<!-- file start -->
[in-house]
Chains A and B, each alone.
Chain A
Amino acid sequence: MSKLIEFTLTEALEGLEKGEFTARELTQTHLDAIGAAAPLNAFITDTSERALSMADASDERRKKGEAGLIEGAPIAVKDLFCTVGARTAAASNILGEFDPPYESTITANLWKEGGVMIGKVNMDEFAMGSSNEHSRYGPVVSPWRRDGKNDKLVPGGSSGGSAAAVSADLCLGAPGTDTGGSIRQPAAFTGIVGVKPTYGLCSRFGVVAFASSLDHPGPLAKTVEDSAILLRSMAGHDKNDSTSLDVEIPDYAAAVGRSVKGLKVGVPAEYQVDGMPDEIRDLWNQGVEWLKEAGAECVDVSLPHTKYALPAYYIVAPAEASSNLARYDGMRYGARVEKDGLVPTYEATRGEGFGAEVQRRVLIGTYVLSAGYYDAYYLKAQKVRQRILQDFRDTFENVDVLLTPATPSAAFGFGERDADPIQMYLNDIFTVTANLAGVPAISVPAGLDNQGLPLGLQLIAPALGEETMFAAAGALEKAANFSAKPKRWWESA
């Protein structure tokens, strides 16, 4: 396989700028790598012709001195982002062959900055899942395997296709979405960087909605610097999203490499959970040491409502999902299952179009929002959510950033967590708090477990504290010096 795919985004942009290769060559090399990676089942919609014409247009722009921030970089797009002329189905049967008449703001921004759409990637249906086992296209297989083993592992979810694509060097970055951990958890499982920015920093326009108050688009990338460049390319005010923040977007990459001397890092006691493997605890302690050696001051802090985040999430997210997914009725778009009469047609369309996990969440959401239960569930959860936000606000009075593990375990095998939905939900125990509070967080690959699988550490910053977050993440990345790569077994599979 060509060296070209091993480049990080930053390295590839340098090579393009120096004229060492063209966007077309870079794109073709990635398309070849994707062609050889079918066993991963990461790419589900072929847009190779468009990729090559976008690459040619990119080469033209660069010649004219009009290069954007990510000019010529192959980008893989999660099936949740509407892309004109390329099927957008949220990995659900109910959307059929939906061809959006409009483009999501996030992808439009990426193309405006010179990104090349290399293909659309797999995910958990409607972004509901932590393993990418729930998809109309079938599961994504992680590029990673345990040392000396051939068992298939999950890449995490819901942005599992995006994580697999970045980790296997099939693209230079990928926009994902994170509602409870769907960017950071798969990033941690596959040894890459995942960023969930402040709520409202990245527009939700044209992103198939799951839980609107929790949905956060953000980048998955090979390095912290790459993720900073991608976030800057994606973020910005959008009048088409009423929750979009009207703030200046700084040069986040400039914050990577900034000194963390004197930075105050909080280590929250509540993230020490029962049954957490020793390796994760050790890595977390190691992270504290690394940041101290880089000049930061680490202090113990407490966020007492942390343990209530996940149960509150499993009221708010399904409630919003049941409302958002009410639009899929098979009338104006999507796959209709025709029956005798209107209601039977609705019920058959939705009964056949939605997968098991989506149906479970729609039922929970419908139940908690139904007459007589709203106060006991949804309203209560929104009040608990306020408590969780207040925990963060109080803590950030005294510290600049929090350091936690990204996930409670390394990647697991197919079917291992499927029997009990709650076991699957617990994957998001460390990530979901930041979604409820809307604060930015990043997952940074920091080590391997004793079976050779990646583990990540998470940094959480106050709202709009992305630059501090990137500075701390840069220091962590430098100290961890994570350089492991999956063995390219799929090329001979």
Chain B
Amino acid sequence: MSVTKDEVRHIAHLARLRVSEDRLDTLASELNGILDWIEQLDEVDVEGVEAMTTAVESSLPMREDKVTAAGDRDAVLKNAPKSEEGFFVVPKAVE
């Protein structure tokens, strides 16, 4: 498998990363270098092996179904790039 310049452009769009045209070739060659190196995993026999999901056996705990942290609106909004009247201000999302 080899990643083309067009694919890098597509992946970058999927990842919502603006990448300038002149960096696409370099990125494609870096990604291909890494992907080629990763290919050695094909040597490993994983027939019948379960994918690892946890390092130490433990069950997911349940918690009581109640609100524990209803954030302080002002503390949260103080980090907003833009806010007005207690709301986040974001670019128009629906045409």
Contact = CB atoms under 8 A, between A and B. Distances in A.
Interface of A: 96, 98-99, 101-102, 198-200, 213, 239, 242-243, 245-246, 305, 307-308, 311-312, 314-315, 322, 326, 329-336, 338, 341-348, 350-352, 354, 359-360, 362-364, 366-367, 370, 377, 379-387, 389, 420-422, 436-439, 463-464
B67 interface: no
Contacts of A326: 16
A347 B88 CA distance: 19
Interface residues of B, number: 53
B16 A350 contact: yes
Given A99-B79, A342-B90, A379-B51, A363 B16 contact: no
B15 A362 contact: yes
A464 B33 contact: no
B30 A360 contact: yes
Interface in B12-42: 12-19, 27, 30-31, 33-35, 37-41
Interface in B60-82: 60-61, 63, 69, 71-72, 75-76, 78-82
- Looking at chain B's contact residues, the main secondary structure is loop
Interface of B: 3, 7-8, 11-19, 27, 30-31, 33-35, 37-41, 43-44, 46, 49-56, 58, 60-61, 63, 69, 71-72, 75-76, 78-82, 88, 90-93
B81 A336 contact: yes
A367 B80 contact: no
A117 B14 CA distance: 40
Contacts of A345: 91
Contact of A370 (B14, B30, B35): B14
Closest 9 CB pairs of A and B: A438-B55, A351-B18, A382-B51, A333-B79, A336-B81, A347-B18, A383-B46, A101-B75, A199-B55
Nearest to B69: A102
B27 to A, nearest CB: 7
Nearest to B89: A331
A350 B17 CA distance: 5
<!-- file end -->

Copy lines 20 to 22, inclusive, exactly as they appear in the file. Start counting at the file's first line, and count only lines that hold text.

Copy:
Interface in B12-42: 12-19, 27, 30-31, 33-35, 37-41
Interface in B60-82: 60-61, 63, 69, 71-72, 75-76, 78-82
- Looking at chain B's contact residues, the main secondary structure is loop